Good news for Transvaginal mesh and sling plaintiffs and it’s more bad news for Johnson and Johnson’s (J&J) Ethicon division in its ongoing vaginal mesh debacle. The company will have to pay out again, in these many cases to go to court over its allegedly defective transvaginal mesh products and urinary incontinence slings.
Johnson & Johnson, the world’s biggest maker of medical products, was ordered by a Texas jury to pay $1.2 million to a woman who alleged that vaginal-mesh implants to treat incontinence was defectively designed. This was the first verdict against the company over those devices.
Texas State Court Verdict
Jurors in state court in Dallas, Texas found that the design of the TVT-O mesh sling implanted in Linda Batiste was defective and that she deserved $1.2 million in compensatory damages, for her injuries. Batiste, aged 64, suffered severe and debilitating pelvic pain when the J&J device eroded inside her. The Dallas jury did not award punitive damages.
This verdict represents the first time a state court jury found that Ethicon’s sling products are defective.
Johnson & Johnson Vaginal Mesh Lawsuits
J&J, is exposed to more than 12,000 lawsuits, which allege that its Ethicon unit improperly designed vaginal inserts, such as the slings, that damaged women’s internal organs and made sex painful. Most of the cases have been consolidated before a federal judge in West Virginia for pretrial information exchanges while other cases are being heard in state courts.
The U.S. Food and Drug Administration has ordered J&J, C.R. Bard Inc. (BCR) and 31 other vaginal-implant makers to study rates of organ damage and complications linked to the implants devices.
Vaginal Mesh: Huge Medical Industry
Doctors inserted more than 70,000 transvaginal mesh devices in the U.S. in 2010, to strengthen weakened pelvic floor muscles that do not support internal pelvic organs or to treat stress urinary incontinence.
Other Vaginal Mesh Verdicts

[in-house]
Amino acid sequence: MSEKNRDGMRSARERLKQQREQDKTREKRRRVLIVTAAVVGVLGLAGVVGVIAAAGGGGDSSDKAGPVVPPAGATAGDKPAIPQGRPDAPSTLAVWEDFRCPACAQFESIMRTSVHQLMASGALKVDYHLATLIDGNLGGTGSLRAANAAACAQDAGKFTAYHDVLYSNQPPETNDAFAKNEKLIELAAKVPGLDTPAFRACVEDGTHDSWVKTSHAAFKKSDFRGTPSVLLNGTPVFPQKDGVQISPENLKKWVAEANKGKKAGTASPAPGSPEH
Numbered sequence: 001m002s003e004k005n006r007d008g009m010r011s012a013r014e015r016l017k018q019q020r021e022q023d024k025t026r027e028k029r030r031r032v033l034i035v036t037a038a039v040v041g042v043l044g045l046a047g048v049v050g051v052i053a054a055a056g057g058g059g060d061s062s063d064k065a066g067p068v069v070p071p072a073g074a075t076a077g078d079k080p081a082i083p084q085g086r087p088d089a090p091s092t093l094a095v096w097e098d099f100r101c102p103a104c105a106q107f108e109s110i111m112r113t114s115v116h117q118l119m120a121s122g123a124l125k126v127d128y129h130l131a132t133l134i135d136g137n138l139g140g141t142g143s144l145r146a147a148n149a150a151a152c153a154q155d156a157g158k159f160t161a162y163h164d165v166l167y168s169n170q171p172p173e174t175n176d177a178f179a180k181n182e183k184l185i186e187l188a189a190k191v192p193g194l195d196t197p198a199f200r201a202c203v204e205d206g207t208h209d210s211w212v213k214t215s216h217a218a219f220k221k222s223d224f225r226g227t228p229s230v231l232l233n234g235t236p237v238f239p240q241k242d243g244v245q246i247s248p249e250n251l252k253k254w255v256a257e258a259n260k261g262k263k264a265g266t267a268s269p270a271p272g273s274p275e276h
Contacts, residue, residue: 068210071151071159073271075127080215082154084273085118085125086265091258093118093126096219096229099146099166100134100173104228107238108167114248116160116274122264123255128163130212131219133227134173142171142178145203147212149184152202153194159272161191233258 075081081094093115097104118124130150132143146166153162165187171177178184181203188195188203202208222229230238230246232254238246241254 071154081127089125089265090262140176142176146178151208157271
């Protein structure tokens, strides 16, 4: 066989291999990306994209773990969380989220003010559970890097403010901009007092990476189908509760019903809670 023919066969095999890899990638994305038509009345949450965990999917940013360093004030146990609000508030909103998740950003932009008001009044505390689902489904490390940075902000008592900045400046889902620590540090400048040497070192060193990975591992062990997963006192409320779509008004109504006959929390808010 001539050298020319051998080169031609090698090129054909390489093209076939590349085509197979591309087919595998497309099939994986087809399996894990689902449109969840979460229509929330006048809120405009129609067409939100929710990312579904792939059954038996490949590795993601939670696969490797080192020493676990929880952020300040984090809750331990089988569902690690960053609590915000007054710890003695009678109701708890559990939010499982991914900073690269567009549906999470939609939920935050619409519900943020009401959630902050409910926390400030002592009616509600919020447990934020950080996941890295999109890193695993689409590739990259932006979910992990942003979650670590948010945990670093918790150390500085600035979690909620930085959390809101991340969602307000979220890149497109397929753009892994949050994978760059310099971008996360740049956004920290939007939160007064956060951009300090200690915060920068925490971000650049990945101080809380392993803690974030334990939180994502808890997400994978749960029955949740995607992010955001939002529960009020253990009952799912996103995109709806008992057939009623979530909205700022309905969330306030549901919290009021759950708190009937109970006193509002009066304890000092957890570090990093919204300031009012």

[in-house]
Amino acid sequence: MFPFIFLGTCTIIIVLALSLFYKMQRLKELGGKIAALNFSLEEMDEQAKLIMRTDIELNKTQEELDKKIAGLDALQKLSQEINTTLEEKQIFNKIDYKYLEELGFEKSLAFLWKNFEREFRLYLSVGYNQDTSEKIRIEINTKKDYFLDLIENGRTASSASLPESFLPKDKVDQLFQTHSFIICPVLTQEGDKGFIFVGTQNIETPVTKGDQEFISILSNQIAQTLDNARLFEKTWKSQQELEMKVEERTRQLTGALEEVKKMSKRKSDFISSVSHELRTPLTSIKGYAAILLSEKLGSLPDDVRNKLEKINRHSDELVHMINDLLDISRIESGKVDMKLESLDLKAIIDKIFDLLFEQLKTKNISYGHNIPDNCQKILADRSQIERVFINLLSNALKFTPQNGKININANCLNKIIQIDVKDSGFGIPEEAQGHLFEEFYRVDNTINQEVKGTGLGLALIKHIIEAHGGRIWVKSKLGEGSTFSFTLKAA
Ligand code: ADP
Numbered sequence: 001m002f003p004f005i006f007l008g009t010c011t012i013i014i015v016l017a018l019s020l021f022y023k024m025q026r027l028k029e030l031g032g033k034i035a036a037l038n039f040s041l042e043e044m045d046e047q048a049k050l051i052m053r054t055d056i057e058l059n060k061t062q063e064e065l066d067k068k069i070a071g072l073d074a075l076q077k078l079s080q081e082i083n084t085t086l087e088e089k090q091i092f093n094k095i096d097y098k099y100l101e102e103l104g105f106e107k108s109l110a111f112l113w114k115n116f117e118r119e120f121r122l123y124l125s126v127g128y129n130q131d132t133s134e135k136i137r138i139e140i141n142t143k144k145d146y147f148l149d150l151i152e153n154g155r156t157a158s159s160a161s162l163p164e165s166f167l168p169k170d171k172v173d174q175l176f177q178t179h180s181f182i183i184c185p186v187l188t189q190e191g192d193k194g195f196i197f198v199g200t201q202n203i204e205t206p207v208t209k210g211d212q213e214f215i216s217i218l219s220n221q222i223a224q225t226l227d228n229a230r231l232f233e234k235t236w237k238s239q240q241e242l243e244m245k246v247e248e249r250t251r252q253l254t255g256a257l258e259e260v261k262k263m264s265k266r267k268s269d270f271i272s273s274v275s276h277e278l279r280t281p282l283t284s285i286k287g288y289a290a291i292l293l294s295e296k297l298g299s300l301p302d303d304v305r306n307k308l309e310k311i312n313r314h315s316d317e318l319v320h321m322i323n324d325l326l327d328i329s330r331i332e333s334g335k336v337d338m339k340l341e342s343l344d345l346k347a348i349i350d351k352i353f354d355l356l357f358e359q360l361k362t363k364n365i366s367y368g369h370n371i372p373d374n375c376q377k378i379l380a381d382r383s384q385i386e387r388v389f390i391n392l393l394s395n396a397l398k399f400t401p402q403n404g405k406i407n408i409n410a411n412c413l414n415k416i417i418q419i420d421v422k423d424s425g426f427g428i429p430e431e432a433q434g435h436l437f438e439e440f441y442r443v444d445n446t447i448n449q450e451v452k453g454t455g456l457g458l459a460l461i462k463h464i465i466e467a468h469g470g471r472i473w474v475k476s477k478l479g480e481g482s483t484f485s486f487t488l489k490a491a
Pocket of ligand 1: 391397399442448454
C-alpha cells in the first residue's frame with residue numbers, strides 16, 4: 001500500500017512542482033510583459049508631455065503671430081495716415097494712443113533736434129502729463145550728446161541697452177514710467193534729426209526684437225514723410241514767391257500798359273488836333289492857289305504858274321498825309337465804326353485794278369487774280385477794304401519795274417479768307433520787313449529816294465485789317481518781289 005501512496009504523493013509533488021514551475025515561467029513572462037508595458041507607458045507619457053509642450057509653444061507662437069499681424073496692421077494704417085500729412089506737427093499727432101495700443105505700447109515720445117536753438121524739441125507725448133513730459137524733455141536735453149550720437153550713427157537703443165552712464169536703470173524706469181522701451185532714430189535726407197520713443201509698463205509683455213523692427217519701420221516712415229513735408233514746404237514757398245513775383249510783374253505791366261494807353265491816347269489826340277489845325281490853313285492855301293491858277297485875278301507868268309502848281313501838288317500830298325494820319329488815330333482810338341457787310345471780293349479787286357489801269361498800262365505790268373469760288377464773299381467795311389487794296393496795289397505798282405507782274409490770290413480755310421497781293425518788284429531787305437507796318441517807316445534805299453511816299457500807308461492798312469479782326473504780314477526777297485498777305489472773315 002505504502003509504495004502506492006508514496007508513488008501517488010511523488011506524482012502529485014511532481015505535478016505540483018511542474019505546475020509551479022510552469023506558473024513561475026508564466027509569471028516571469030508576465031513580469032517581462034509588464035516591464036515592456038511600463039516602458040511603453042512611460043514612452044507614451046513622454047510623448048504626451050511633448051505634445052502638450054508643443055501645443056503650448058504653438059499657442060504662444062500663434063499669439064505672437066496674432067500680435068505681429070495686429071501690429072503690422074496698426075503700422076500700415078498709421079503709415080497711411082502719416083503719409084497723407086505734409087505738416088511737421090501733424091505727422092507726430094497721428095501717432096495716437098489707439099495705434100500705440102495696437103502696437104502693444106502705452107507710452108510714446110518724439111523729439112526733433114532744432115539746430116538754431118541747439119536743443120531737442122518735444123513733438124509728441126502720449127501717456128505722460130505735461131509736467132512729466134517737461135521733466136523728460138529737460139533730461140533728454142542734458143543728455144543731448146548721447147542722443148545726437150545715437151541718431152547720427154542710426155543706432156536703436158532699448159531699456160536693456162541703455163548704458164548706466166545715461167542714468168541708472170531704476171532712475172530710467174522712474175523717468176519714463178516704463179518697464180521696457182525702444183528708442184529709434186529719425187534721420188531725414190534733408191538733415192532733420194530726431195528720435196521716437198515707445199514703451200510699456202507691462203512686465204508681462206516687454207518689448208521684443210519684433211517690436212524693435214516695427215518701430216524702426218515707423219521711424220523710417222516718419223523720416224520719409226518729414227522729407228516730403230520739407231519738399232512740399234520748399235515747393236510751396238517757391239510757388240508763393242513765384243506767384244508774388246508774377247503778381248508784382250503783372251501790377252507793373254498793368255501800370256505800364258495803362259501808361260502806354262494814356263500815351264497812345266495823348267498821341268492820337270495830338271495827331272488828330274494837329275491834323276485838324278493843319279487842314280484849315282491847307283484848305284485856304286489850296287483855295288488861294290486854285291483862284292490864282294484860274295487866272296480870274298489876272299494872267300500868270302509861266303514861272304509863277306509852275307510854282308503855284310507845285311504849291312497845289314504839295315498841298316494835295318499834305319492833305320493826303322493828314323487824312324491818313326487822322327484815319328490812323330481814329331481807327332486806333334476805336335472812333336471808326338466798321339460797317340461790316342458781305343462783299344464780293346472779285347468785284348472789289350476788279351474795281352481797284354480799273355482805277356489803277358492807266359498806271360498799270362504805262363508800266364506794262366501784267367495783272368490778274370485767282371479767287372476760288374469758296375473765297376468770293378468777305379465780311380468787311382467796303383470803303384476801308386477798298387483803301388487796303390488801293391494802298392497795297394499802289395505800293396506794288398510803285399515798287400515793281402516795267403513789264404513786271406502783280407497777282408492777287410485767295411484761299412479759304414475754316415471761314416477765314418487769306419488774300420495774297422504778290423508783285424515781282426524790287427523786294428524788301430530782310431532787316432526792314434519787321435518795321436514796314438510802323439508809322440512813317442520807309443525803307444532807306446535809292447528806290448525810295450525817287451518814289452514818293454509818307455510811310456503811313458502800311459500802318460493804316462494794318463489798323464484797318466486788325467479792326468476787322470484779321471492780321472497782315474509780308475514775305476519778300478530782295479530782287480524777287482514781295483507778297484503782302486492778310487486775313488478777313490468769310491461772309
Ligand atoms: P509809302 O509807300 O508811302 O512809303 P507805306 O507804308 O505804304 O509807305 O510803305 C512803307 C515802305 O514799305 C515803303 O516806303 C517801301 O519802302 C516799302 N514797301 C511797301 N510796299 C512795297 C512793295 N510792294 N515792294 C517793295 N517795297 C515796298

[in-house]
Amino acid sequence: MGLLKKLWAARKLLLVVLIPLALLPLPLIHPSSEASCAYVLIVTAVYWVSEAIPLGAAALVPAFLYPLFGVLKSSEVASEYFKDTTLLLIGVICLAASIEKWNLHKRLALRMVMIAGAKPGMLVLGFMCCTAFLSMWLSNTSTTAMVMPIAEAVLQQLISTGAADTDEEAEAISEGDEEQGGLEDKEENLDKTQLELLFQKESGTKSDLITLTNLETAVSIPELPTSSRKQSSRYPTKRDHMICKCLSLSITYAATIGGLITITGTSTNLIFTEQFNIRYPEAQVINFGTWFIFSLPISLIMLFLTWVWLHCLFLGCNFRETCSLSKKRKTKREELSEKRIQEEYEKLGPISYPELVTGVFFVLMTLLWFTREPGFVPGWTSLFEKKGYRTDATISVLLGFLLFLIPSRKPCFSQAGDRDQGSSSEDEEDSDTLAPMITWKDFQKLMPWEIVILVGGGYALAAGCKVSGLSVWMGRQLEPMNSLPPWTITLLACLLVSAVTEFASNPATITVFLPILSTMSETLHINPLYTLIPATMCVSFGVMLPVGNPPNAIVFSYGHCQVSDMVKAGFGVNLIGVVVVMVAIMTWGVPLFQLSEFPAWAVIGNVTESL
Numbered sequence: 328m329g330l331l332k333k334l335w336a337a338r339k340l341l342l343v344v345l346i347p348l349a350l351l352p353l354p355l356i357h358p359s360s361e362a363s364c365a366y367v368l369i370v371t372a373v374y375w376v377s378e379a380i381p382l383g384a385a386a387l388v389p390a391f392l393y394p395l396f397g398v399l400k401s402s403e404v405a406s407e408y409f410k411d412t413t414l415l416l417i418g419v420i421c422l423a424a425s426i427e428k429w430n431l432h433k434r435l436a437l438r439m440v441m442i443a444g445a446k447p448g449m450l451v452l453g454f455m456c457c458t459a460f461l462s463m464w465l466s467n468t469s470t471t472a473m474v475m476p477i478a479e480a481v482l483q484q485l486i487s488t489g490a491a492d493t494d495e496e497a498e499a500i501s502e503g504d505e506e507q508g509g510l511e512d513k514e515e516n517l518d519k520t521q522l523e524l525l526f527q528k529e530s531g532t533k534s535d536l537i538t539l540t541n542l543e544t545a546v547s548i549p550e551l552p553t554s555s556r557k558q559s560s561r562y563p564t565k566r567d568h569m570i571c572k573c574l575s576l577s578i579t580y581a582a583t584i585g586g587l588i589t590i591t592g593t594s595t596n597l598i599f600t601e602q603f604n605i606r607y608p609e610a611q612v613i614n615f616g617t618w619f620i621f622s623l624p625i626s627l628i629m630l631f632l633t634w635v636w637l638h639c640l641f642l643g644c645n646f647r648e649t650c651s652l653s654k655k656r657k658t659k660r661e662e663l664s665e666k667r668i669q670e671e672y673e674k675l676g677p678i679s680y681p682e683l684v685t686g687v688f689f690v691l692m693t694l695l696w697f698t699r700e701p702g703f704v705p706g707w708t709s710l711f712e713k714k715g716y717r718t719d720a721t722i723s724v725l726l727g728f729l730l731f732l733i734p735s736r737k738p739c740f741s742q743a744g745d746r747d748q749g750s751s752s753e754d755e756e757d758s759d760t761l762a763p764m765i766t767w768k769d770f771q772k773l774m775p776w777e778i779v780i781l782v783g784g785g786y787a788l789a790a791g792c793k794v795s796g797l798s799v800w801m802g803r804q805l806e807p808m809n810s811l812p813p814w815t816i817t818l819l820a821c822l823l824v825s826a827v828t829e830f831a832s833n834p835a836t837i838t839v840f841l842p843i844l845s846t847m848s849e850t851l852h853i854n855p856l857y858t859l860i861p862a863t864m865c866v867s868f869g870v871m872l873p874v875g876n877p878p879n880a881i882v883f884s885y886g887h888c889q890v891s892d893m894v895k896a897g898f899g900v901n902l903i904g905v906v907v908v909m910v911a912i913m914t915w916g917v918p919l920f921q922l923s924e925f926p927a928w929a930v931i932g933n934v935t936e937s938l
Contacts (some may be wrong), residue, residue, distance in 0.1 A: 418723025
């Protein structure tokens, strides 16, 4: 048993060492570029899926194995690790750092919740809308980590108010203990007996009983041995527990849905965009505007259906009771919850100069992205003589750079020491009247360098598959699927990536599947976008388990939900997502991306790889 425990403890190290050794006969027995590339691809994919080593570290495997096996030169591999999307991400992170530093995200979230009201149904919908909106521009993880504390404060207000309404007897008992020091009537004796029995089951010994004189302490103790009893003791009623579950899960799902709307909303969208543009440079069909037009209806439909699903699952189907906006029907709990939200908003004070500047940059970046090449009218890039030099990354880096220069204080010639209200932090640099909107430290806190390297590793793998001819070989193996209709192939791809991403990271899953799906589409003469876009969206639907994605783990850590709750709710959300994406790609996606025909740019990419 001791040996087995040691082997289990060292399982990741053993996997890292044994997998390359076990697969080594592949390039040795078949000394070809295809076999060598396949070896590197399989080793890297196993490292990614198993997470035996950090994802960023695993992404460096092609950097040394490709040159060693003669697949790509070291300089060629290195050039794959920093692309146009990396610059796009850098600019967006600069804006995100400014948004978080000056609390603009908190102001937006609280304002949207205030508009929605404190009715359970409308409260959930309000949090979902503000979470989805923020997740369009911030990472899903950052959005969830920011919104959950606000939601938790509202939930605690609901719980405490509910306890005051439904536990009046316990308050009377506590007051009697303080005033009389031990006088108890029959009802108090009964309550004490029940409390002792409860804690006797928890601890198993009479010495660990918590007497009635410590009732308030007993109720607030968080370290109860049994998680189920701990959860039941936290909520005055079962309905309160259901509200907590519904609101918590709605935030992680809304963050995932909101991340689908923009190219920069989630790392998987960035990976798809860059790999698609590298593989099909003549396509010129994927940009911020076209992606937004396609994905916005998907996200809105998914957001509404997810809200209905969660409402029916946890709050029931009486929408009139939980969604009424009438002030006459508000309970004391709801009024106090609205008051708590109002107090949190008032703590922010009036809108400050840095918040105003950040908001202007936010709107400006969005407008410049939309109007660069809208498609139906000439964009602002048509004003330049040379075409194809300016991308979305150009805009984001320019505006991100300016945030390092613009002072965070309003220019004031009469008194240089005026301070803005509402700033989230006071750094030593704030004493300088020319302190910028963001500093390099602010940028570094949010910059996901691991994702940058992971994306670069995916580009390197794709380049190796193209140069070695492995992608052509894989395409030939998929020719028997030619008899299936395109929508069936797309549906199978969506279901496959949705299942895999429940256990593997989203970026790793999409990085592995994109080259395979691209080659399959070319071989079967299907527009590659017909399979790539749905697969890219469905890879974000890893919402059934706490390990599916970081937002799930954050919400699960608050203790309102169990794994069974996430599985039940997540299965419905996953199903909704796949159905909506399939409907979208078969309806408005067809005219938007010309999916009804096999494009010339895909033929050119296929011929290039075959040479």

In 2013, a New Jersey jury found that J&J was liable and awarded $11.1 million in damages to a woman who claimed that she was injured by a Prolift device. This case was the first case over any of the company’s Vaginal Mesh implants to go to trial.
The jurors found that Johnson & Johnson/Ethicon knew about complications related to its Gynecare Prolift transvaginal mesh (TVM) device, but did not adequately warn the plaintiff and continued to market the product.
The jury awarded 47-year-old Linda Gross and her husband $3.35 million in February 2013, and then an additional $7.8 million in punitive damages. Johnson & Johnson/Ethicon still face thousands of cases over transvaginal mesh implants, which are used to treat bladder incontinence and pelvic prolapse. Plaintiffs claim the devices eroded and shrunk, causing debilitating side effects.
J&J lawyers for argued that the TVT-O slings are safe and effective and the company properly warned consumers about their risks.
In February, 2014, Judge Goodwin who is overseeing the federal transvaginal consolidated litigation in West Virginia, rejected a woman’s claims that another line of the company’s sling inserts was defective.
The Texas case is Batiste v. McNabb, No. 12-14350, District Court for the 95th Judicial District, Dallas County Texas (Dallas). The West Virginia case is In Re Ethicon Pelvic Repair System Products Liability Litigation, 12-MD-02327, U.S. District Court, Southern District of West Virginia (Charleston).